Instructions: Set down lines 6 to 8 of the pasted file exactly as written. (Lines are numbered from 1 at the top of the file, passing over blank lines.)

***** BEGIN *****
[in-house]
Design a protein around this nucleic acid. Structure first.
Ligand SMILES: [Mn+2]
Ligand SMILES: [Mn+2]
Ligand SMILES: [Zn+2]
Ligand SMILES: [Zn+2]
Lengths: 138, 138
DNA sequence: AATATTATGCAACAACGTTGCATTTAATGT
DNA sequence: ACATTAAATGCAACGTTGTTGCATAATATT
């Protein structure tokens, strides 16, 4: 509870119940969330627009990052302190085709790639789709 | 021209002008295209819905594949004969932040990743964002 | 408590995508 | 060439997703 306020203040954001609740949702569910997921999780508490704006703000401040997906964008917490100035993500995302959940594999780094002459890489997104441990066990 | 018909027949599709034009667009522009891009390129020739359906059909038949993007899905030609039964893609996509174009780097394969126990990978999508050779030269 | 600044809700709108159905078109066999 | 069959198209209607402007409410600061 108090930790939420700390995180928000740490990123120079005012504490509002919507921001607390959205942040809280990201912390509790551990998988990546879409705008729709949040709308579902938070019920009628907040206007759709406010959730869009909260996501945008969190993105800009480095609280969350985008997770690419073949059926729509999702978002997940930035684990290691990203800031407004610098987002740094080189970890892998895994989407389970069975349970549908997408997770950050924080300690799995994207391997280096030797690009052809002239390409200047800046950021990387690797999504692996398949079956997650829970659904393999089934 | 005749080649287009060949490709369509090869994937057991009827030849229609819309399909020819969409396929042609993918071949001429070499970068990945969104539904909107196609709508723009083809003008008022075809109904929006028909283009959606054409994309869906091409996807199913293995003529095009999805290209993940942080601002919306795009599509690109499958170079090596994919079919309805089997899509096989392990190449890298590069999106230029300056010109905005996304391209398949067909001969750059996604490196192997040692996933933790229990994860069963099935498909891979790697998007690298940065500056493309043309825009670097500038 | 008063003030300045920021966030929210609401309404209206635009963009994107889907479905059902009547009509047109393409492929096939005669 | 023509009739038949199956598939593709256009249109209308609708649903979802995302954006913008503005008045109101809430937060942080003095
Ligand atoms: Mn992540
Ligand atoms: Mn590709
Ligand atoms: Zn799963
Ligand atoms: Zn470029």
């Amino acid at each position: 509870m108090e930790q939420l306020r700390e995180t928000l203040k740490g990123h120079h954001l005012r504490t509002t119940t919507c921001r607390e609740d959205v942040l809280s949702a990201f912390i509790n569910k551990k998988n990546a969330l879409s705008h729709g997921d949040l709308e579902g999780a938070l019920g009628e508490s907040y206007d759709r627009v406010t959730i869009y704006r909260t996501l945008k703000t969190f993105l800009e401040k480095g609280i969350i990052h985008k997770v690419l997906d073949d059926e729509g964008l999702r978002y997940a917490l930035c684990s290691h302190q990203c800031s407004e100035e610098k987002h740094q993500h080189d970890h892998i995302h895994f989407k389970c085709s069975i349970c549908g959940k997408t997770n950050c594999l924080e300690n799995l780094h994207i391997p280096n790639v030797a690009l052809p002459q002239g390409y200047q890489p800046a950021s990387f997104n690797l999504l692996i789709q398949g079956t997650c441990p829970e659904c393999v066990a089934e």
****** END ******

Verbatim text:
Ligand SMILES: [Zn+2]
Lengths: 138, 138
DNA sequence: AATATTATGCAACAACGTTGCATTTAATGT